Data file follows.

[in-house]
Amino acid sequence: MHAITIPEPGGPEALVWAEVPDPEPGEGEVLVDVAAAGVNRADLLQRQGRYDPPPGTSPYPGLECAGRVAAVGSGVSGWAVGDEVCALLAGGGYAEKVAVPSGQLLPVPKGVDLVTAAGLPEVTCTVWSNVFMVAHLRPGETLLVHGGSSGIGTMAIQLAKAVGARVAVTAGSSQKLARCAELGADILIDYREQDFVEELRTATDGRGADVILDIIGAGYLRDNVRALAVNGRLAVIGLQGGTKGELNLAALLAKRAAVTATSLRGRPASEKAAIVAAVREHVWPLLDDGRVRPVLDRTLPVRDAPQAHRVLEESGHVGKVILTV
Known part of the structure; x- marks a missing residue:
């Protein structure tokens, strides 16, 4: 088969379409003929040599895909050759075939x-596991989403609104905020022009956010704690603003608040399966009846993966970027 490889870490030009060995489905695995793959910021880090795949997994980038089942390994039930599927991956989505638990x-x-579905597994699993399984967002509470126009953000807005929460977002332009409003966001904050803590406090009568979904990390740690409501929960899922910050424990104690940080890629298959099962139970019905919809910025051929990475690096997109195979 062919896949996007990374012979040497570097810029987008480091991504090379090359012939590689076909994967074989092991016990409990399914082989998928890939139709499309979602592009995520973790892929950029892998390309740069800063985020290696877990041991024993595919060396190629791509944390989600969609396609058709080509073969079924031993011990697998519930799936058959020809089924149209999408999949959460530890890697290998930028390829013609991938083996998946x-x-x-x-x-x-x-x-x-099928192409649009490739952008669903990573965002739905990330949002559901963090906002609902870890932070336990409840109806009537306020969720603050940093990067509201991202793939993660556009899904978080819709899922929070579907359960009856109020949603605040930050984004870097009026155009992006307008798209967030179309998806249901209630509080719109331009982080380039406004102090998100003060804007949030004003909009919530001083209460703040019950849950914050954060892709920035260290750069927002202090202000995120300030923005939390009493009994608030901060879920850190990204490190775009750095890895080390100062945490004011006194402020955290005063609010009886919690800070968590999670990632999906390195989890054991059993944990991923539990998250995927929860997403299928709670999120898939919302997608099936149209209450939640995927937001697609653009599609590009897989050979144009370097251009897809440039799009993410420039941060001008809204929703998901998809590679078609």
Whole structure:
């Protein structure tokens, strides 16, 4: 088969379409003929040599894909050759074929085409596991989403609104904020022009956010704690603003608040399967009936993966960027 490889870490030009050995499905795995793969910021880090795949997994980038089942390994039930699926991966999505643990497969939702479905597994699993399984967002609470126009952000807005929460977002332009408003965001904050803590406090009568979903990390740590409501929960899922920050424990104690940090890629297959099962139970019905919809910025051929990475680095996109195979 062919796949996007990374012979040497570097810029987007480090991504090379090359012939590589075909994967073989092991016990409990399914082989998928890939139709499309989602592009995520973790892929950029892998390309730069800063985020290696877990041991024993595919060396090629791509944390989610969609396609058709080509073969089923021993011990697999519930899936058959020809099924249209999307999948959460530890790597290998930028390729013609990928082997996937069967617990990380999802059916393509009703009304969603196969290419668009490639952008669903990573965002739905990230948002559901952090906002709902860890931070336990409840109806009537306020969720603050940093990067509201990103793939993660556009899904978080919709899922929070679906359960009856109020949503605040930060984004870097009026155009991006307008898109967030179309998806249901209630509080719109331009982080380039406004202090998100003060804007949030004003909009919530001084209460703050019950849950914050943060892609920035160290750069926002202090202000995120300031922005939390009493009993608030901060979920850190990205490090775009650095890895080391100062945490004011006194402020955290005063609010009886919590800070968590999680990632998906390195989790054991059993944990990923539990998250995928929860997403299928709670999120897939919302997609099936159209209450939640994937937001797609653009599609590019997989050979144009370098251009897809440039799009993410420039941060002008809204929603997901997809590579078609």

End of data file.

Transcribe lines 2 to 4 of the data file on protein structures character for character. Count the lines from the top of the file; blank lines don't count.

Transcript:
Amino acid sequence: MHAITIPEPGGPEALVWAEVPDPEPGEGEVLVDVAAAGVNRADLLQRQGRYDPPPGTSPYPGLECAGRVAAVGSGVSGWAVGDEVCALLAGGGYAEKVAVPSGQLLPVPKGVDLVTAAGLPEVTCTVWSNVFMVAHLRPGETLLVHGGSSGIGTMAIQLAKAVGARVAVTAGSSQKLARCAELGADILIDYREQDFVEELRTATDGRGADVILDIIGAGYLRDNVRALAVNGRLAVIGLQGGTKGELNLAALLAKRAAVTATSLRGRPASEKAAIVAAVREHVWPLLDDGRVRPVLDRTLPVRDAPQAHRVLEESGHVGKVILTV
Known part of the structure; x- marks a missing residue:
């Protein structure tokens, strides 16, 4: 088969379409003929040599895909050759075939x-596991989403609104905020022009956010704690603003608040399966009846993966970027 490889870490030009060995489905695995793959910021880090795949997994980038089942390994039930599927991956989505638990x-x-579905597994699993399984967002509470126009953000807005929460977002332009409003966001904050803590406090009568979904990390740690409501929960899922910050424990104690940080890629298959099962139970019905919809910025051929990475690096997109195979 062919896949996007990374012979040497570097810029987008480091991504090379090359012939590689076909994967074989092991016990409990399914082989998928890939139709499309979602592009995520973790892929950029892998390309740069800063985020290696877990041991024993595919060396190629791509944390989600969609396609058709080509073969079924031993011990697998519930799936058959020809089924149209999408999949959460530890890697290998930028390829013609991938083996998946x-x-x-x-x-x-x-x-x-099928192409649009490739952008669903990573965002739905990330949002559901963090906002609902870890932070336990409840109806009537306020969720603050940093990067509201991202793939993660556009899904978080819709899922929070579907359960009856109020949603605040930050984004870097009026155009992006307008798209967030179309998806249901209630509080719109331009982080380039406004102090998100003060804007949030004003909009919530001083209460703040019950849950914050954060892709920035260290750069927002202090202000995120300030923005939390009493009994608030901060879920850190990204490190775009750095890895080390100062945490004011006194402020955290005063609010009886919690800070968590999670990632999906390195989890054991059993944990991923539990998250995927929860997403299928709670999120898939919302997608099936149209209450939640995927937001697609653009599609590009897989050979144009370097251009897809440039799009993410420039941060001008809204929703998901998809590679078609």